If you’re like me, you enjoy a variety of workouts to compliment one an another. My two favorite activities are running and yoga. I have found that a good balance of both allows for me to avoid running injuries. Yoga helps me build strength and flexibility, while running allows me to enjoy the outdoors and work my heart. Since running makes me very tight, especially in my hips, I sometimes need a yoga practice that is focused specifically on those body parts that are worked during a run.
A 16-year-old from Greenwich has developed a revolutionary new way of using Twitter to poll data and to attempt to predict this year's presidential election. Peter Kazazes, a Brunswick School junior, has essentially created a modern-day alternative to traditional polling methods. By using a self-developed algorithm, he is able to analyze Tweets for their sentiment, therefore revealing the positive or negative reactions to a particular issue by Twitter users.
Last Saturday, a friend and I drove back to Greenwich to join in on the One Run for Boston, a cross-country relay race that honors the victims of the Boston Marathon bombings in 2013. We nearly missed the late-night run because we got the dates confused. And for a moment, I almost wished we had. I don’t like running with people. I’m slower than most, I am out of breath because I don’t know how to breathe, and I sweat. A lot.
Muck Rack makes it simple to find people, tweets, or articles that mention any name, keyword, company, hashtag etc. We've compiled this guide to help you make the most of your search.
Selecting a term
Start searching tweets, articles from media outlets, articles mentioned in tweets, journalists'
names, titles and bios with some suggested searches:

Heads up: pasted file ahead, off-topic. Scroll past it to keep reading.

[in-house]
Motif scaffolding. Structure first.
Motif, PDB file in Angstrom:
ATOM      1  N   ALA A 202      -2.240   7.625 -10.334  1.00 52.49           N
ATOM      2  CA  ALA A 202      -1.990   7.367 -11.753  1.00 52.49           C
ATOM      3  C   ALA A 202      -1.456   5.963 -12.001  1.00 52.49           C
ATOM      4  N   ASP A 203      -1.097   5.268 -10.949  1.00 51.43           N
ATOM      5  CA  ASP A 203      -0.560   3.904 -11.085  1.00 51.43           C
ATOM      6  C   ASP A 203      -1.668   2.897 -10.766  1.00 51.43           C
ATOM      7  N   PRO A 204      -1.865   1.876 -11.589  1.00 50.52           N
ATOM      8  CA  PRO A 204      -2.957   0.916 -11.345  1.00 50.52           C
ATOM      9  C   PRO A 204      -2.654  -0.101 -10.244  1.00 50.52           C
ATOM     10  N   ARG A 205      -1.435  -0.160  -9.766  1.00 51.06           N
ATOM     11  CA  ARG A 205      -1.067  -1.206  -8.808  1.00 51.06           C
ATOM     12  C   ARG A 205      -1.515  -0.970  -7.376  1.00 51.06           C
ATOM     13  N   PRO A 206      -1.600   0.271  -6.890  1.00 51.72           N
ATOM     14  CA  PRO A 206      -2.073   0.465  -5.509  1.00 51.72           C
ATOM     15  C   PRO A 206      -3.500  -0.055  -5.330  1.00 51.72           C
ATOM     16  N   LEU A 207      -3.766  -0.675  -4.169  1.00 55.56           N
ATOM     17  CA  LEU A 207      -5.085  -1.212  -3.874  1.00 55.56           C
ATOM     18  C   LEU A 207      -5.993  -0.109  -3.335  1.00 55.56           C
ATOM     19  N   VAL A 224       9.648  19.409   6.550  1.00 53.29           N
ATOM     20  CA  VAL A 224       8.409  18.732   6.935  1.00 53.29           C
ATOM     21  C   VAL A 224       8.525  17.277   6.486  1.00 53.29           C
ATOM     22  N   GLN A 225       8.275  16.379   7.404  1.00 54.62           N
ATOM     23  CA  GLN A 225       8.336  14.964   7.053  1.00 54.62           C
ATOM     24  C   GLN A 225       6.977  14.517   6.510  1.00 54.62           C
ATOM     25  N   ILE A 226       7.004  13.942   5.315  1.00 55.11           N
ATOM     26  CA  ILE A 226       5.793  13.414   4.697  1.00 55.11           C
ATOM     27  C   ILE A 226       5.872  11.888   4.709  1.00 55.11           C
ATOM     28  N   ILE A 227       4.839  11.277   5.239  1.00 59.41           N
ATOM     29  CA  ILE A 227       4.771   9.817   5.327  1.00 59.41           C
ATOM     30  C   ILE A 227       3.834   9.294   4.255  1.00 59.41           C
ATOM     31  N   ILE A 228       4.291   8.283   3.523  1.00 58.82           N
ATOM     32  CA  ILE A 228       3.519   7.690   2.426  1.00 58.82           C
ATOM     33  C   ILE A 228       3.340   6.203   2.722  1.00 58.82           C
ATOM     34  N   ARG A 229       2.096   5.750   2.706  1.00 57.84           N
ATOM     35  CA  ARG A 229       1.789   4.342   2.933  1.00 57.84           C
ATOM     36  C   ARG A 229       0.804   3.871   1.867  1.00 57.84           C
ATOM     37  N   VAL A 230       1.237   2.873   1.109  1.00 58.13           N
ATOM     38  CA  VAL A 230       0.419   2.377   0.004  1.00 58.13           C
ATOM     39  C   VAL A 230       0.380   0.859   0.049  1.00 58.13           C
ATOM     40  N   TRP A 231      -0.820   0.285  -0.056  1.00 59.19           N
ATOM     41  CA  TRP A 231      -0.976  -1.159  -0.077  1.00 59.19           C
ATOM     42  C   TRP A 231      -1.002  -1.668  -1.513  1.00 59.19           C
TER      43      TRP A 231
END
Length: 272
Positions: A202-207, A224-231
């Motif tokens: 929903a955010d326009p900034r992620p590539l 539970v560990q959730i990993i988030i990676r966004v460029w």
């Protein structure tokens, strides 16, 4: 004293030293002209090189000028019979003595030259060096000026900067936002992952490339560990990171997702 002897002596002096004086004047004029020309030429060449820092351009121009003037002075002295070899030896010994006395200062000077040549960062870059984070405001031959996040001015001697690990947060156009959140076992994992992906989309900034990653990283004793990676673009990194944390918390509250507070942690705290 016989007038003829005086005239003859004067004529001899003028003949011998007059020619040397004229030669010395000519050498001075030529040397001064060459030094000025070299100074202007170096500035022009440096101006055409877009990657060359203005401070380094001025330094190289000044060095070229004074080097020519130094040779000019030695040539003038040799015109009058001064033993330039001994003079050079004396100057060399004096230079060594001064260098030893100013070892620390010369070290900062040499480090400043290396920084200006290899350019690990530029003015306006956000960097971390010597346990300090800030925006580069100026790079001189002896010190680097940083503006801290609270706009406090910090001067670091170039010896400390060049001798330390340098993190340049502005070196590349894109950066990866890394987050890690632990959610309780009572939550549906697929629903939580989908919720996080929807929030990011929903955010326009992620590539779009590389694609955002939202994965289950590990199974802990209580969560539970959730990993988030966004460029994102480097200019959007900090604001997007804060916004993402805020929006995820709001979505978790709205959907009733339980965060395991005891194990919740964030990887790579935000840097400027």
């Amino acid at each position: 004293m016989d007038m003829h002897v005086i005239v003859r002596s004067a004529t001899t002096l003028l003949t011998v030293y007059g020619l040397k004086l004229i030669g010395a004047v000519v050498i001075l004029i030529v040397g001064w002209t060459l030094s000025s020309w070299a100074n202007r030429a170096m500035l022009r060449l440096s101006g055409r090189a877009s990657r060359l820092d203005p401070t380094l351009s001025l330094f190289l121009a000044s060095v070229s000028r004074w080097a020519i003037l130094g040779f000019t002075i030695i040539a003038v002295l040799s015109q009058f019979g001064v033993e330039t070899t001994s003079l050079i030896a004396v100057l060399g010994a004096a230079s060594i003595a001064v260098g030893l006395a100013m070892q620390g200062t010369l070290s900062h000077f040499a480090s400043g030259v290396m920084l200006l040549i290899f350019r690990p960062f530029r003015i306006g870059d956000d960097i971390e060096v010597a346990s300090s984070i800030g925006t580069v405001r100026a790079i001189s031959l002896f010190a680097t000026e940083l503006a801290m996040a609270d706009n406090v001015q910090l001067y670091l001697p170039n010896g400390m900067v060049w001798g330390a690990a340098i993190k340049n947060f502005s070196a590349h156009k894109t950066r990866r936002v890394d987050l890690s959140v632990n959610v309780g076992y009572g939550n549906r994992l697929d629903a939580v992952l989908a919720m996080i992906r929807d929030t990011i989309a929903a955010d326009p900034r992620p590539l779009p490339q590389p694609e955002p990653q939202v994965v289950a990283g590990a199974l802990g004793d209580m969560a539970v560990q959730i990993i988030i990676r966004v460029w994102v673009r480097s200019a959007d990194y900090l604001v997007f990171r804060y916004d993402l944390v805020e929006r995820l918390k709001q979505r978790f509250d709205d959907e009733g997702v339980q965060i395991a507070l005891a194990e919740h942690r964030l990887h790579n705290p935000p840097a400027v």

Companies or Topics (e.g. iPhone, Microsoft)
Phrases (e.g. "cloud computing") — use quotes to keep the terms together
Twitter handles (e.g. @username) — returns those who have mentioned or replied to
Names (e.g. "David Pogue")
Hashtags (e.g. #sxsw, #london2012)
Bio details (e.g. vegan, Olympics, father)
Muck Rack's Advanced Search allows for many boolean operators.
Find results that mention multiple specified terms, use AND or
+. For example, ensure each result contains both Elon Musk and Mark Zuckerberg by
searching Obama AND Romney or Obama + Romney.
Use the operators OR or , to broaden your search when you'd like either of
multiple terms to appear in results. (This is the default behavior of our search when no operators
are used.) For example, search for democrat OR republican to find results that refer to
Democrats and/or Republicans.
Use NOT or - to subtract results from your search. For
example, searching Disney will yield results about the Walt Disney Company as well as Walt Disney
World Resort. To exclude mentions of Disney World, search for Disney -World or Disney
When using one of these operators with a phrase, enclose it in quotation marks. For example, you can
find results about smartphones excluding Apple's iPhone 4S by searching smartphone -"iPhone
Exact case matching or punctuation
If you're searching for a brand name or keyword that relies on specific punctuation marks or capitalization, you can
find results that match your exact query by adding matchcase: before the keyword you're searching for, like matchcase:E*TRADE .
Use parentheses to separate multiple
boolean phrases. For example, to find journalists talking about having fun in Disney World or
Disneyland, search for ("disney world" OR disneyland) AND fun.
An asterisk can be used to search for any variation of a root word truncated by the asterisk. For example, searching for admin* will return results for administrator, administration, administer, administered, etc.
A near operator is an AND operator where you can control the distance between the words. You can vary the distance the near operation uses by adding a forward slash and number (between 0-99) such as strawberries NEAR/10 "whipped cream", which means the strawberries must exist within 10 words of "whipped cream".